- Psoriasis Slideshow: Symptoms, Causes and Treatment
- Psoriasis Quiz: Test Your Medical IQ
- Moderate to Severe Forms of Psoriasis Slideshow
What is Stelara (ustekinumab)?
Stelara is a monoclonal antibody used to treat adults 18 years and older with moderate or severe psoriasis that involves large areas or many areas of their body, who may benefit from taking injections or pills (systemic therapy) or phototherapy (treatment using ultraviolet light alone or with pills). Stelara may improve psoriasis but may also lower the ability of the immune system to fight infections.
Common side effects of Stelara include:
Serious side effects of Stelara include lowered ability of the immune system to fight infections and increased risk of infections. This may also increase the risk for certain types of cancer.
Some people have serious infections while taking Stelara, including:
- tuberculosis (TB), and
- infections caused by bacteria, fungi, or viruses. Some people have to be hospitalized for treatment of their infection.
Stelara may also rarely cause reversible posterior leukoencephalopathy syndrome (RPLS), a rare condition that affects the brain and can cause death. Symptoms of RPLS include headache, seizures, confusion, and vision problems.
Drug interactions of Stelara include other medicines that affect your immune system, certain medicines that can affect how your liver breaks down other medicines, and live vaccines. Tell your doctor if you are pregnant or planning to become pregnant. It is not known if Stelara will harm a fetus.
What are the important side effects of Stelara (ustekinumab)?
The most common side effects of ustekinumab are:
Ustekinumab also may increase the risk of certain types of cancer and cause posterior leukoencephalopathy syndrome (RPLS). RPLS is a rare condition that affects the brain and can cause death. The cause is unknown but if detected early and treated, most people recover.
Symptoms may include:
Stelara (ustekinumab) side effects list for healthcare professionals
The following serious adverse reactions are discussed elsewhere in the label:
- Hypersensitivity Reactions
- Reversible Posterior Leukoencephalopathy Syndrome
Clinical Trials Experience
Because clinical trials are conducted under widely varying conditions, adverse reaction rates observed in the clinical trials of a drug cannot be directly compared to rates in the clinical trials of another drug and may not reflect the rates observed in practice.
Adult Subjects With Plaque Psoriasis
- The safety data reflect exposure to Stelara in 3117 adult psoriasis subjects, including: 2414 exposed for at least 6 months,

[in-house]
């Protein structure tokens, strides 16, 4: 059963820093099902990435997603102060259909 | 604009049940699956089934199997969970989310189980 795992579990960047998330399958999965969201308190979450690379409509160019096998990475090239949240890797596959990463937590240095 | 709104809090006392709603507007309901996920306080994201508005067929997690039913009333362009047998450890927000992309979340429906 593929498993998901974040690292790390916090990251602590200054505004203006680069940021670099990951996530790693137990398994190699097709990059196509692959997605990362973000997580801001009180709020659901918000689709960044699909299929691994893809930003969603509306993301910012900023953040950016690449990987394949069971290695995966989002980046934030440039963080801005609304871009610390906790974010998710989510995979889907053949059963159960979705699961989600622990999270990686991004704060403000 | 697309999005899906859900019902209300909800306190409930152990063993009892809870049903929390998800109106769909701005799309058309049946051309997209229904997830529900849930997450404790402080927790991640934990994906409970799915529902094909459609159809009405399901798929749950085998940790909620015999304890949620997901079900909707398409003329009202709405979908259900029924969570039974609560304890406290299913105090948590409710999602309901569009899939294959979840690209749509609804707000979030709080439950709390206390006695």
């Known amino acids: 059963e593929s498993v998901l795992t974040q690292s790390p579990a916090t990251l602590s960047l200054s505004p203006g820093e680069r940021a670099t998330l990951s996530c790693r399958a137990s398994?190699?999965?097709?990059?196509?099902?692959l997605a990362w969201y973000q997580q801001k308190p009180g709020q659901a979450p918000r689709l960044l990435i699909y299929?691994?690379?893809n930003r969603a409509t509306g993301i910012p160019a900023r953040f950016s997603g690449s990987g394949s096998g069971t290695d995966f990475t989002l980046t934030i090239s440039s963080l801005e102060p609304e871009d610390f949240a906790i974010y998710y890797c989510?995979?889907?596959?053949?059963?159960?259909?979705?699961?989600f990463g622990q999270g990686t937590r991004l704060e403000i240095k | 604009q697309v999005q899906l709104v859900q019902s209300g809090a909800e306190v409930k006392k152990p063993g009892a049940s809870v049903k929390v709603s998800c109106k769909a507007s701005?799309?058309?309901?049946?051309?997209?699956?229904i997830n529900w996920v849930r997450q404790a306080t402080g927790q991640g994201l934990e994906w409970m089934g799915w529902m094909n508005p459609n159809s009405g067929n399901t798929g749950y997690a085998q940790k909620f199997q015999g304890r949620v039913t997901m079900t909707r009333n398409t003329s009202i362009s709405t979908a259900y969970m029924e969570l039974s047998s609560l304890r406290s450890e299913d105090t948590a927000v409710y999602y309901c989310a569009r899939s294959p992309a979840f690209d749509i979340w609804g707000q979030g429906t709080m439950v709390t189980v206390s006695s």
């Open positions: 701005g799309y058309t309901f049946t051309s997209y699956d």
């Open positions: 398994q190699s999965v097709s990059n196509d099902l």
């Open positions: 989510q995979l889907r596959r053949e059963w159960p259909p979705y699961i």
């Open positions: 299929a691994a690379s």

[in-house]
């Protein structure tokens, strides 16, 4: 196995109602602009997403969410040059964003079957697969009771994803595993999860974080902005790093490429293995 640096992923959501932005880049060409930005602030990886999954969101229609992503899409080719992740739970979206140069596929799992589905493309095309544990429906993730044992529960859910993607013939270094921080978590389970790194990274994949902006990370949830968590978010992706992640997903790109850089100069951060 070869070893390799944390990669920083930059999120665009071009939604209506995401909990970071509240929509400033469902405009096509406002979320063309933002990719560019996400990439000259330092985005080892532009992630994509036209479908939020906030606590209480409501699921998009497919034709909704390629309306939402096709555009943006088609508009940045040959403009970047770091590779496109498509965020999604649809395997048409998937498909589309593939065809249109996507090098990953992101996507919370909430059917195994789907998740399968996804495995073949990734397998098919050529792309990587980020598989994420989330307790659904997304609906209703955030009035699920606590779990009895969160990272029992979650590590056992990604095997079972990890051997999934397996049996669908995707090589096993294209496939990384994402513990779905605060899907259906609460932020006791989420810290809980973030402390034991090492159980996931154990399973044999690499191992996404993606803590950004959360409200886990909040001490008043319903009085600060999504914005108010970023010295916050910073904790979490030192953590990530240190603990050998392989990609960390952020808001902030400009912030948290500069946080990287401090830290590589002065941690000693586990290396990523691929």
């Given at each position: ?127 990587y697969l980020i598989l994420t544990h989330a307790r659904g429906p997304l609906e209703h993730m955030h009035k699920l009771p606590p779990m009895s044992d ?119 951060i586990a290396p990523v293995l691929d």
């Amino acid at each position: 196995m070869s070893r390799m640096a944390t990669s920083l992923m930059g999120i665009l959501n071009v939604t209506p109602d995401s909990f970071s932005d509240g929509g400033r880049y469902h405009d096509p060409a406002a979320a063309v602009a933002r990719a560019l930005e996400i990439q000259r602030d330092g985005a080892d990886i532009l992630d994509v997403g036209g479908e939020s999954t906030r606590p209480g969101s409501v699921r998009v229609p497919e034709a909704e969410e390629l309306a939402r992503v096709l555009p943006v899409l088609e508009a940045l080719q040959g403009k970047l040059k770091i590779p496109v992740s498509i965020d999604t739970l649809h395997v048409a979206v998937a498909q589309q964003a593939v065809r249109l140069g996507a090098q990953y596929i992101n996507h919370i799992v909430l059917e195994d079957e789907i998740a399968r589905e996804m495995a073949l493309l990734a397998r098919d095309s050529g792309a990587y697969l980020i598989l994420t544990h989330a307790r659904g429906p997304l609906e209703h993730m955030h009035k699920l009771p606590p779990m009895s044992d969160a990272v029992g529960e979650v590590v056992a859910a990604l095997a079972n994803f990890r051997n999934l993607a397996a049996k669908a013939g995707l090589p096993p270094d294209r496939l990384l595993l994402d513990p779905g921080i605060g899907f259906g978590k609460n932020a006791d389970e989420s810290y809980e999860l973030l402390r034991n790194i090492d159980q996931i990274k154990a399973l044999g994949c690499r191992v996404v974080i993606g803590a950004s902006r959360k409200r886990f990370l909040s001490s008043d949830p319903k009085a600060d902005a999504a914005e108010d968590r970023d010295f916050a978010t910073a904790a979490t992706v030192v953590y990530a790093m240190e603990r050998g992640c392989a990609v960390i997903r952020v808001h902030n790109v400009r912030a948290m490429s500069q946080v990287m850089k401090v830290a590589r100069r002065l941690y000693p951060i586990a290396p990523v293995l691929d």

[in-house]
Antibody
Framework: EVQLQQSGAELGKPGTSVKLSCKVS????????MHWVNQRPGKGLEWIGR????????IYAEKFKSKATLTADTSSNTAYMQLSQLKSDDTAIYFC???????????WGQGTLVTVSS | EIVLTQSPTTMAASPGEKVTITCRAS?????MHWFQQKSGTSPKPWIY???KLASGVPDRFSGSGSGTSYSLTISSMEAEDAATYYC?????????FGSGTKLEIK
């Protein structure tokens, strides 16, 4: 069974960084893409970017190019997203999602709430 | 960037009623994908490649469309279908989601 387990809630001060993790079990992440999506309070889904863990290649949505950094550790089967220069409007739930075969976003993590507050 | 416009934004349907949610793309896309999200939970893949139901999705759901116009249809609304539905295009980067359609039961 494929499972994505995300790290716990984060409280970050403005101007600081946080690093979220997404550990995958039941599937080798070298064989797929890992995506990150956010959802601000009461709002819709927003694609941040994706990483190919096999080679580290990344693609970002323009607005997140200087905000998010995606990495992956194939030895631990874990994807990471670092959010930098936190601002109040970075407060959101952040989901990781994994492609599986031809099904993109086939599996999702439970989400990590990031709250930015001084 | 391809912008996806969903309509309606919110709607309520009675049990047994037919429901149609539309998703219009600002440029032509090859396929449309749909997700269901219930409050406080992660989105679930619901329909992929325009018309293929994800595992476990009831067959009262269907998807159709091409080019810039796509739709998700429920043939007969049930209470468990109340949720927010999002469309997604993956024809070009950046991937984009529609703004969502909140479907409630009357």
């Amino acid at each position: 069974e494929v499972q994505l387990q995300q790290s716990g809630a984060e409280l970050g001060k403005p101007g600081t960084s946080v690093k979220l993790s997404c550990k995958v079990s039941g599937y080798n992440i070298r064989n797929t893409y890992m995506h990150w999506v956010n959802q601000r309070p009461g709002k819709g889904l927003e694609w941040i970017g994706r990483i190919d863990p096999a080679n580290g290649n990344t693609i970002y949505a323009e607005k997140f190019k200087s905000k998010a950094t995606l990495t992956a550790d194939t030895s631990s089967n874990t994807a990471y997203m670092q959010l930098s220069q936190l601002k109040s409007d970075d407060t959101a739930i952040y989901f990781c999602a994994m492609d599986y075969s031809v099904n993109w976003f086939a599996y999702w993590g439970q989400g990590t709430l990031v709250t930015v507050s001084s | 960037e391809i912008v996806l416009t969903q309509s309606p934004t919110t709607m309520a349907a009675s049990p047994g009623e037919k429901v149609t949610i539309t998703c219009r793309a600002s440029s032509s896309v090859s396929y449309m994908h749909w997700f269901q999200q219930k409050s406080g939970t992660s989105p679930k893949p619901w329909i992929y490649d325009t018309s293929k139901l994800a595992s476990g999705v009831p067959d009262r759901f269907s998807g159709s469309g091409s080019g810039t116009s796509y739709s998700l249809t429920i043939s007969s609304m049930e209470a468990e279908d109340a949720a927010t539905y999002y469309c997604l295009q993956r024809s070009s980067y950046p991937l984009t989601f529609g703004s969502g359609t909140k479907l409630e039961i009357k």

- 1855 exposed for at least one year,
- 1653 exposed for at least two years,
- 1569 exposed for at least three years,
- 1482 exposed for at least four years and
- 838 exposed for at least five years.
Table 4 summarizes the adverse reactions that occurred at a rate of at least 1% and at a higher rate in the Stelara groups than the placebo group during the placebo-controlled period of Ps STUDY 1 and Ps STUDY 2.
Table 4: Adverse Reactions Reported by ≥1% of Subjects through Week 12 in Ps STUDY 1 and Ps STUDY 2
|45 mg||90 mg|
|Nasopharyngitis||51 (8%)||56 (8%)||49 (7%)|
|Upper respiratory tract infection||30 (5%)||36 (5%)||28 (4%)|
|Headache||23 (3%)||33 (5%)||32 (5%)|
|Fatigue||14 (2%)||18 (3%)||17 (3%)|
|Diarrhea||12 (2%)||13 (2%)||13 (2%)|
|Back pain||8 (1%)||9 (1%)||14 (2%)|
|Dizziness||8 (1%)||8 (1%)||14 (2%)|
|Pharyngolaryngeal pain||7 (1%)||9 (1%)||12 (2%)|
|Pruritus||9 (1%)||10 (2%)||9 (1%)|
|Injection site erythema||3 (<1%)||6 (1%)||13 (2%)|
|Myalgia||4 (1%)||7 (1%)||8 (1%)|
|Depression||3 (<1%)||8 (1%)||4 (1%)|
Adverse reactions that occurred at rates less than 1% in the controlled period of Ps STUDIES 1 and 2 through week 12 included:
- herpes zoster,
- diverticulitis and
- certain injection site reactions (pain, swelling, pruritus, induration, hemorrhage, bruising, and irritation).
One case of RPLS occurred during clinical studies.
- In the placebo-controlled period of clinical studies of psoriasis subjects (average follow-up of 12.6 weeks for placebo-treated subjects and 13.4 weeks for Stelara-treated subjects), 27% of Stelara-treated subjects reported infections (1.39 per subject-year of follow-up) compared with 24% of placebo-treated subjects (1.21 per subject-year of follow-up).
- Serious infections occurred in 0.3% of Stelara®-treated subjects (0.01 per subject-year of follow-up) and in 0.4% of placebo-treated subjects (0.02 per subject-year of follow-up).